By: Danielle Yaste
When I was in college I had a roommate, named Amanda, who spent her summers working fire. I honestly never fully considered what that meant, but then when applying for the Conservation Corps and learning that I would do Wildland Firefighting, I thought of her. I sent her a text telling her I was going to work fire, she rapidly replied and asked if I had my S130 and S190 training. At the time, I had no clue what that meant. I was surprised about all the connections and conversations we had there after about the world of fire—she kept updated on my training, I understood about the areas she worked and the engines she used. I shared these interactions with my Crew Leader, Amber, and she replied with the phrase “the Fire World is a small world.” I’ve heard this phrase regularly ever since; from casual corps conversation to fire training to prescribed burns. The Fire World, was indeed, a small world, and being a member of the Conservation Corps makes you a part of that world.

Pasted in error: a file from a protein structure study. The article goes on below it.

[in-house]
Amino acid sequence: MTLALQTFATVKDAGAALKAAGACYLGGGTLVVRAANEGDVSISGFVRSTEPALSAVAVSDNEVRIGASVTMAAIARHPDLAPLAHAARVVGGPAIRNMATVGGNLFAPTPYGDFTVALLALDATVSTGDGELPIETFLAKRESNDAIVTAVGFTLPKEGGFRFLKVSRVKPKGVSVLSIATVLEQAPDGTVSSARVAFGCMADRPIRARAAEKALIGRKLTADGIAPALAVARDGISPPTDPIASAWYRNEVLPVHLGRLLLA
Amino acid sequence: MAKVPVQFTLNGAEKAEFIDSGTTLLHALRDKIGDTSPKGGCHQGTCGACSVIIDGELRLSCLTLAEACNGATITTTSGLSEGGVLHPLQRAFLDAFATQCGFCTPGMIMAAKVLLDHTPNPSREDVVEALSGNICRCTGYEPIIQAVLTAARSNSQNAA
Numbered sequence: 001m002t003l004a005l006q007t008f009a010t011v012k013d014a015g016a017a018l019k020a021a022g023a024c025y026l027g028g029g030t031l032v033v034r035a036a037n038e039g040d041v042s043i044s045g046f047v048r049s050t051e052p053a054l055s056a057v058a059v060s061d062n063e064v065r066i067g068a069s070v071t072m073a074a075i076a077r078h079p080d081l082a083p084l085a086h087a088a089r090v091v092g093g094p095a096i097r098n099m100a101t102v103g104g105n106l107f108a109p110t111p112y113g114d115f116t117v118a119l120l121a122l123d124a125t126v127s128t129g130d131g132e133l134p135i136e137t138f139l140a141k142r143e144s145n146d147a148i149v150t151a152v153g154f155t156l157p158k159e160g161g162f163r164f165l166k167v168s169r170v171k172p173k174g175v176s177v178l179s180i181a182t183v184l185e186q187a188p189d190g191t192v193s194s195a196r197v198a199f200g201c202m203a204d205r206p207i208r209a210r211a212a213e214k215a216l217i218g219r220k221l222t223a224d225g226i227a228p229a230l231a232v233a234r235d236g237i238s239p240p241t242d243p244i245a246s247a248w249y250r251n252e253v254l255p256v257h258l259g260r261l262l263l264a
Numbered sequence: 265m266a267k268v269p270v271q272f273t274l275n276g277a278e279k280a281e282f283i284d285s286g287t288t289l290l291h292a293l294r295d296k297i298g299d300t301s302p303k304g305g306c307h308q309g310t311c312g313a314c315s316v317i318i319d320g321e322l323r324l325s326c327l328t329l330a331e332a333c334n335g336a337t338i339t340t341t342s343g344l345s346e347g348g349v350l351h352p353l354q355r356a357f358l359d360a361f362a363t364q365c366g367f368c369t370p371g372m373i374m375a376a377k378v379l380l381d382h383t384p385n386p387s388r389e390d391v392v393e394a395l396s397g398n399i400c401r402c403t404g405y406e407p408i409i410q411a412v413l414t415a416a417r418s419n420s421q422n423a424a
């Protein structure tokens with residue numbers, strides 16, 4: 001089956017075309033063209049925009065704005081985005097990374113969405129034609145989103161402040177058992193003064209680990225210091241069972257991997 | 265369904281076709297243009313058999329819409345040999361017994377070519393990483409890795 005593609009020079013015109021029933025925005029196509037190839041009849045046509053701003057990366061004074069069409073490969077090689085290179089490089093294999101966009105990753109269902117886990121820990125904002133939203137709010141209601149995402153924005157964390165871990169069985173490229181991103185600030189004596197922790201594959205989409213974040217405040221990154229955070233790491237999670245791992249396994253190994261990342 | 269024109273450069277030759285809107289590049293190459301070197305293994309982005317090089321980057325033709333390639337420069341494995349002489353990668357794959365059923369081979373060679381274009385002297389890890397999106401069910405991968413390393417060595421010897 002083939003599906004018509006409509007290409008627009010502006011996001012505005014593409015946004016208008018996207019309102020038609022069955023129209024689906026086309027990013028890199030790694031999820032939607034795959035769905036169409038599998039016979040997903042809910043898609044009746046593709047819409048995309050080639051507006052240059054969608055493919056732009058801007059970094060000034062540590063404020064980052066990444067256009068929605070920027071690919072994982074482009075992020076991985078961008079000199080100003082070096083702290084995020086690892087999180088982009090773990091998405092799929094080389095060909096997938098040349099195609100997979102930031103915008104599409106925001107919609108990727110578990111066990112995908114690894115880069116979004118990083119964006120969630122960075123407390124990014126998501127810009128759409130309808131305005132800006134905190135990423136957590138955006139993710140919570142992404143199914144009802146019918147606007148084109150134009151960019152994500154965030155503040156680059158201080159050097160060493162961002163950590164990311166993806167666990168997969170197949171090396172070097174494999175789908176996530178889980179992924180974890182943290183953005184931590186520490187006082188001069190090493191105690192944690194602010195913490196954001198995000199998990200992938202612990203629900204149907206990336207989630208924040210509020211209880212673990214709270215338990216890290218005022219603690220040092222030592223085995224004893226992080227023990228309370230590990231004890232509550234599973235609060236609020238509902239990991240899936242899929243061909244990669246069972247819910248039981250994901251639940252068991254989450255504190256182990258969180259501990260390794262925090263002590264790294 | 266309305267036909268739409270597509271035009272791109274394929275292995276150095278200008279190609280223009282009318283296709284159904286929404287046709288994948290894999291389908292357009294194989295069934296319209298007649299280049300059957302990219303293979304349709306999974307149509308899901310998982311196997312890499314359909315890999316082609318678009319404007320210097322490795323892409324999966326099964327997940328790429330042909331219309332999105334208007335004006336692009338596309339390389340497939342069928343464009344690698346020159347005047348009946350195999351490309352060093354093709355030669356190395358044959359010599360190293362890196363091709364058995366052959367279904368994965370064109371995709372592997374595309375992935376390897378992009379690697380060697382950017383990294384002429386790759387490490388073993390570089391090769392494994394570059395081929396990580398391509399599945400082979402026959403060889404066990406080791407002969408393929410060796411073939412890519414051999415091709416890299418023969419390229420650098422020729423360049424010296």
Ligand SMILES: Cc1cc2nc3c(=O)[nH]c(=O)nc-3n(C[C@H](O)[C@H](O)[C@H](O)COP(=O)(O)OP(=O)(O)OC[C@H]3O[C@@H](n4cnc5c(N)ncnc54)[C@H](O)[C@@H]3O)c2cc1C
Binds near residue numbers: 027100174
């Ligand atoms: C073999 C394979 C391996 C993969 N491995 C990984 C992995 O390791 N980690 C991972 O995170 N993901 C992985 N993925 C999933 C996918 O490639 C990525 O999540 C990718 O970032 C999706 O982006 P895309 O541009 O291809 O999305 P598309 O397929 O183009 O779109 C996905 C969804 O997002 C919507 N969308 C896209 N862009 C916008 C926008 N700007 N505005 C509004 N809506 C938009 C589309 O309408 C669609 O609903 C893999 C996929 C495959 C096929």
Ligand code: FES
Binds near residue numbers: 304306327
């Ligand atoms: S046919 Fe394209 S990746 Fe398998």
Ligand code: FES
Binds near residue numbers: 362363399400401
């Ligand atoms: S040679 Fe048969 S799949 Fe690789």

The Conservation Corps crews that are located in Minnesota are all trained and certified Wildland Firefighters and work on-call for the DNR. This means that if a fire was to occur in Minnesota, we could receive a call that could deploy us for up to two weeks to work the fire. Being certified to work wild fire also allows for us to complete fire related projects. One of our previous projects was to prep areas for prescribed burns and to work on crews during the burn itself, this particular burn allowed us to interact with staff from four different DNR offices. We spent hours working together, and this time was an opportunity to get to know people. This small example occurs on much larger scales during wildfires. Larger fires can require the work of thousands of people, which effectively shrinks the field making this culture a small and connected one. Being in the Conservation Corps gives you an opportunity to be a part of a large family like community, and every project we work, every organization we partner with, allows us to extend that community, and working fire has the same consequence. Our community grows, and so does the world of fire.